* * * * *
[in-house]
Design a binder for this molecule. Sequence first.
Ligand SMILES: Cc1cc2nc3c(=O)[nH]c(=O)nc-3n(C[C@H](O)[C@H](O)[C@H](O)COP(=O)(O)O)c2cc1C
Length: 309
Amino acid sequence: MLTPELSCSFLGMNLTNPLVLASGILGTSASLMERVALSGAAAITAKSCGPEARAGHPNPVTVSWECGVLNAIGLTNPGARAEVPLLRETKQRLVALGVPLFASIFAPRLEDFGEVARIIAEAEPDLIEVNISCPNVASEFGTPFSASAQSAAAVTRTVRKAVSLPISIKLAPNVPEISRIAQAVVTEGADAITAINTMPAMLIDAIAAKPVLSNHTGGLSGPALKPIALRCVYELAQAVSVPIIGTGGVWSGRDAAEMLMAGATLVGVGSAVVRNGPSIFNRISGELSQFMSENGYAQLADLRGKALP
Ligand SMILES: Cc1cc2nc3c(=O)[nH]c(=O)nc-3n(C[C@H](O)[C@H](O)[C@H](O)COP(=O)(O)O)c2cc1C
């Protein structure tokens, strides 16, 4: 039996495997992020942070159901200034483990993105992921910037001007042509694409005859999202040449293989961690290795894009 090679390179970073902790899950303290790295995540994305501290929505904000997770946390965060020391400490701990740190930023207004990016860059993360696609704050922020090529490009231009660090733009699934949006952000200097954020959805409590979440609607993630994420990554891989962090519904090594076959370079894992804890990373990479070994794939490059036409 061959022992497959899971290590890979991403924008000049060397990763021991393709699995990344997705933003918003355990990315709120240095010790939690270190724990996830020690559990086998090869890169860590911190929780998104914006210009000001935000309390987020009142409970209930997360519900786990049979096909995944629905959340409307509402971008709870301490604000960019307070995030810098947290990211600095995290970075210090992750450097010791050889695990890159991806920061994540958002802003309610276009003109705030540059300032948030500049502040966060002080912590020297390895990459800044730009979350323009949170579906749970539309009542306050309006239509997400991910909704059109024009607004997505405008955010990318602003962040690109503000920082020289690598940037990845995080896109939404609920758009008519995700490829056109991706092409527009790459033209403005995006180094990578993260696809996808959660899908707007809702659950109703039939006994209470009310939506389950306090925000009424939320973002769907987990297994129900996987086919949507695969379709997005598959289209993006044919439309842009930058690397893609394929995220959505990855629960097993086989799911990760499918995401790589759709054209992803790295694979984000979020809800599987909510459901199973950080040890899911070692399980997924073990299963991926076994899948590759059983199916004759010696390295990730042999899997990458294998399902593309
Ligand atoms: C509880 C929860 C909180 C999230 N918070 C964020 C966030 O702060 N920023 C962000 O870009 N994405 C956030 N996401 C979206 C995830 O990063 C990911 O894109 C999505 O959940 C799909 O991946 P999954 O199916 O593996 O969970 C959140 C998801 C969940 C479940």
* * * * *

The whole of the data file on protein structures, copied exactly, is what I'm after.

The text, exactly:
[in-house]
Design a binder for this molecule. Sequence first.
Ligand SMILES: Cc1cc2nc3c(=O)[nH]c(=O)nc-3n(C[C@H](O)[C@H](O)[C@H](O)COP(=O)(O)O)c2cc1C
Length: 309
Amino acid sequence: MLTPELSCSFLGMNLTNPLVLASGILGTSASLMERVALSGAAAITAKSCGPEARAGHPNPVTVSWECGVLNAIGLTNPGARAEVPLLRETKQRLVALGVPLFASIFAPRLEDFGEVARIIAEAEPDLIEVNISCPNVASEFGTPFSASAQSAAAVTRTVRKAVSLPISIKLAPNVPEISRIAQAVVTEGADAITAINTMPAMLIDAIAAKPVLSNHTGGLSGPALKPIALRCVYELAQAVSVPIIGTGGVWSGRDAAEMLMAGATLVGVGSAVVRNGPSIFNRISGELSQFMSENGYAQLADLRGKALP
Ligand SMILES: Cc1cc2nc3c(=O)[nH]c(=O)nc-3n(C[C@H](O)[C@H](O)[C@H](O)COP(=O)(O)O)c2cc1C
């Protein structure tokens, strides 16, 4: 039996495997992020942070159901200034483990993105992921910037001007042509694409005859999202040449293989961690290795894009 090679390179970073902790899950303290790295995540994305501290929505904000997770946390965060020391400490701990740190930023207004990016860059993360696609704050922020090529490009231009660090733009699934949006952000200097954020959805409590979440609607993630994420990554891989962090519904090594076959370079894992804890990373990479070994794939490059036409 061959022992497959899971290590890979991403924008000049060397990763021991393709699995990344997705933003918003355990990315709120240095010790939690270190724990996830020690559990086998090869890169860590911190929780998104914006210009000001935000309390987020009142409970209930997360519900786990049979096909995944629905959340409307509402971008709870301490604000960019307070995030810098947290990211600095995290970075210090992750450097010791050889695990890159991806920061994540958002802003309610276009003109705030540059300032948030500049502040966060002080912590020297390895990459800044730009979350323009949170579906749970539309009542306050309006239509997400991910909704059109024009607004997505405008955010990318602003962040690109503000920082020289690598940037990845995080896109939404609920758009008519995700490829056109991706092409527009790459033209403005995006180094990578993260696809996808959660899908707007809702659950109703039939006994209470009310939506389950306090925000009424939320973002769907987990297994129900996987086919949507695969379709997005598959289209993006044919439309842009930058690397893609394929995220959505990855629960097993086989799911990760499918995401790589759709054209992803790295694979984000979020809800599987909510459901199973950080040890899911070692399980997924073990299963991926076994899948590759059983199916004759010696390295990730042999899997990458294998399902593309
Ligand atoms: C509880 C929860 C909180 C999230 N918070 C964020 C966030 O702060 N920023 C962000 O870009 N994405 C956030 N996401 C979206 C995830 O990063 C990911 O894109 C999505 O959940 C799909 O991946 P999954 O199916 O593996 O969970 C959140 C998801 C969940 C479940």